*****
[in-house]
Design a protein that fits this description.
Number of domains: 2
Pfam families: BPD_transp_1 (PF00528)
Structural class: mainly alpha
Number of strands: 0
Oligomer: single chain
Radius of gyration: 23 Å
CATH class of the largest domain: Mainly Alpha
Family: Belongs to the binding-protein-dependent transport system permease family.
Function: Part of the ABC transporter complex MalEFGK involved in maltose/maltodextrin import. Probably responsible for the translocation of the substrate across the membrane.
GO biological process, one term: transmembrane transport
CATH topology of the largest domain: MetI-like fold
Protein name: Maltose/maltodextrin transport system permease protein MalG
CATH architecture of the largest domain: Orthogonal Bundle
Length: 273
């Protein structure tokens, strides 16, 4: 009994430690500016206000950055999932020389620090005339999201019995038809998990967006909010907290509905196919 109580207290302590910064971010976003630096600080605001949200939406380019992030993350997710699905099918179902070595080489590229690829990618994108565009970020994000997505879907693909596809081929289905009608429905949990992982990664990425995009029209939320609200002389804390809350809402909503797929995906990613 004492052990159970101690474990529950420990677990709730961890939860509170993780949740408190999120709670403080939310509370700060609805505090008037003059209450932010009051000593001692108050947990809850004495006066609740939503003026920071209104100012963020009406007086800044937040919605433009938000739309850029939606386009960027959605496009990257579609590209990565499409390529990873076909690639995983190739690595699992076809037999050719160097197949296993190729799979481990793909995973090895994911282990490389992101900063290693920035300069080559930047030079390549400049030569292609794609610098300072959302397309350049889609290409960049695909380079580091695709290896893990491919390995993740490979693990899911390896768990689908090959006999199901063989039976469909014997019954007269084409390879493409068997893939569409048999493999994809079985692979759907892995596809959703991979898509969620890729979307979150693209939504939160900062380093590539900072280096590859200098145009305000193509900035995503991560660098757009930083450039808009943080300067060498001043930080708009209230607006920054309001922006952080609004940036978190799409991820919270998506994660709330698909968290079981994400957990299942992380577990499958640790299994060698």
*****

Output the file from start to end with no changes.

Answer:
[in-house]
Design a protein that fits this description.
Number of domains: 2
Pfam families: BPD_transp_1 (PF00528)
Structural class: mainly alpha
Number of strands: 0
Oligomer: single chain
Radius of gyration: 23 Å
CATH class of the largest domain: Mainly Alpha
Family: Belongs to the binding-protein-dependent transport system permease family.
Function: Part of the ABC transporter complex MalEFGK involved in maltose/maltodextrin import. Probably responsible for the translocation of the substrate across the membrane.
GO biological process, one term: transmembrane transport
CATH topology of the largest domain: MetI-like fold
Protein name: Maltose/maltodextrin transport system permease protein MalG
CATH architecture of the largest domain: Orthogonal Bundle
Length: 273
């Protein structure tokens, strides 16, 4: 009994430690500016206000950055999932020389620090005339999201019995038809998990967006909010907290509905196919 109580207290302590910064971010976003630096600080605001949200939406380019992030993350997710699905099918179902070595080489590229690829990618994108565009970020994000997505879907693909596809081929289905009608429905949990992982990664990425995009029209939320609200002389804390809350809402909503797929995906990613 004492052990159970101690474990529950420990677990709730961890939860509170993780949740408190999120709670403080939310509370700060609805505090008037003059209450932010009051000593001692108050947990809850004495006066609740939503003026920071209104100012963020009406007086800044937040919605433009938000739309850029939606386009960027959605496009990257579609590209990565499409390529990873076909690639995983190739690595699992076809037999050719160097197949296993190729799979481990793909995973090895994911282990490389992101900063290693920035300069080559930047030079390549400049030569292609794609610098300072959302397309350049889609290409960049695909380079580091695709290896893990491919390995993740490979693990899911390896768990689908090959006999199901063989039976469909014997019954007269084409390879493409068997893939569409048999493999994809079985692979759907892995596809959703991979898509969620890729979307979150693209939504939160900062380093590539900072280096590859200098145009305000193509900035995503991560660098757009930083450039808009943080300067060498001043930080708009209230607006920054309001922006952080609004940036978190799409991820919270998506994660709330698909968290079981994400957990299942992380577990499958640790299994060698």